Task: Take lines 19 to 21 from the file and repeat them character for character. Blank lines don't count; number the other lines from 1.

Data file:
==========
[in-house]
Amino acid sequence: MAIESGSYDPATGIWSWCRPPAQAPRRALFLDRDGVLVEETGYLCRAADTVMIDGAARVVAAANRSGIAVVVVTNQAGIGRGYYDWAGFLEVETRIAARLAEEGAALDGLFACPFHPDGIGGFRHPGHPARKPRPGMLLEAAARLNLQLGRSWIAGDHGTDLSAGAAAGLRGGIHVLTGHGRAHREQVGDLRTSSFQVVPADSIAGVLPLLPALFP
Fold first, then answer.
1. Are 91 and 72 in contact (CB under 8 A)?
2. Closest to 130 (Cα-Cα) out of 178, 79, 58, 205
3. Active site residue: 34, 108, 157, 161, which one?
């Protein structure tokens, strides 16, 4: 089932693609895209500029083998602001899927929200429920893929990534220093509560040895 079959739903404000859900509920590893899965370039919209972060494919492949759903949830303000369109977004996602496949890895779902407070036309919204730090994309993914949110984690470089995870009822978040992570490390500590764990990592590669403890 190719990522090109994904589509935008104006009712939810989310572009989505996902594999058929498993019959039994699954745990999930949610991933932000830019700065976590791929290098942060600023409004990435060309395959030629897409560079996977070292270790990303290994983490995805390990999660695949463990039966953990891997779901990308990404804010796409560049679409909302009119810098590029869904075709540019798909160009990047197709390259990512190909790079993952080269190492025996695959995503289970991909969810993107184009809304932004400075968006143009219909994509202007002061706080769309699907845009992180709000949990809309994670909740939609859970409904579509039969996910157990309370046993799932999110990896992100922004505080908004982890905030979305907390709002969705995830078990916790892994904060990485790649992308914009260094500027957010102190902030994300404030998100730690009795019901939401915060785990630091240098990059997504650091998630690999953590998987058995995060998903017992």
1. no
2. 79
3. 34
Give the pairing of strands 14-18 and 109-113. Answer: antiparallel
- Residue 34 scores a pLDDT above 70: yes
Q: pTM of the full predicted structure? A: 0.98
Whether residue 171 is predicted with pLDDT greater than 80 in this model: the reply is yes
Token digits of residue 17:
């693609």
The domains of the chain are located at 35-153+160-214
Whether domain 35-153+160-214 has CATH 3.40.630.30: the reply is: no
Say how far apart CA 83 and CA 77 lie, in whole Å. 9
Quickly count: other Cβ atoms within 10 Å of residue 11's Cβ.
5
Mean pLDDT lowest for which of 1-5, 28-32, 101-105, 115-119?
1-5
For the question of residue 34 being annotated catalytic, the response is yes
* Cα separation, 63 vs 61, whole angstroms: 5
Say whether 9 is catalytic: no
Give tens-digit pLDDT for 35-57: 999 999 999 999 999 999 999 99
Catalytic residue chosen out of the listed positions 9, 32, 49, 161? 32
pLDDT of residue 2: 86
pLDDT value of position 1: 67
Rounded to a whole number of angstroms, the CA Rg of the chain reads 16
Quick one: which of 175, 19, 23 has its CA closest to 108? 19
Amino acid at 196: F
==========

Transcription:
Say how far apart CA 83 and CA 77 lie, in whole Å. 9
Quickly count: other Cβ atoms within 10 Å of residue 11's Cβ.
5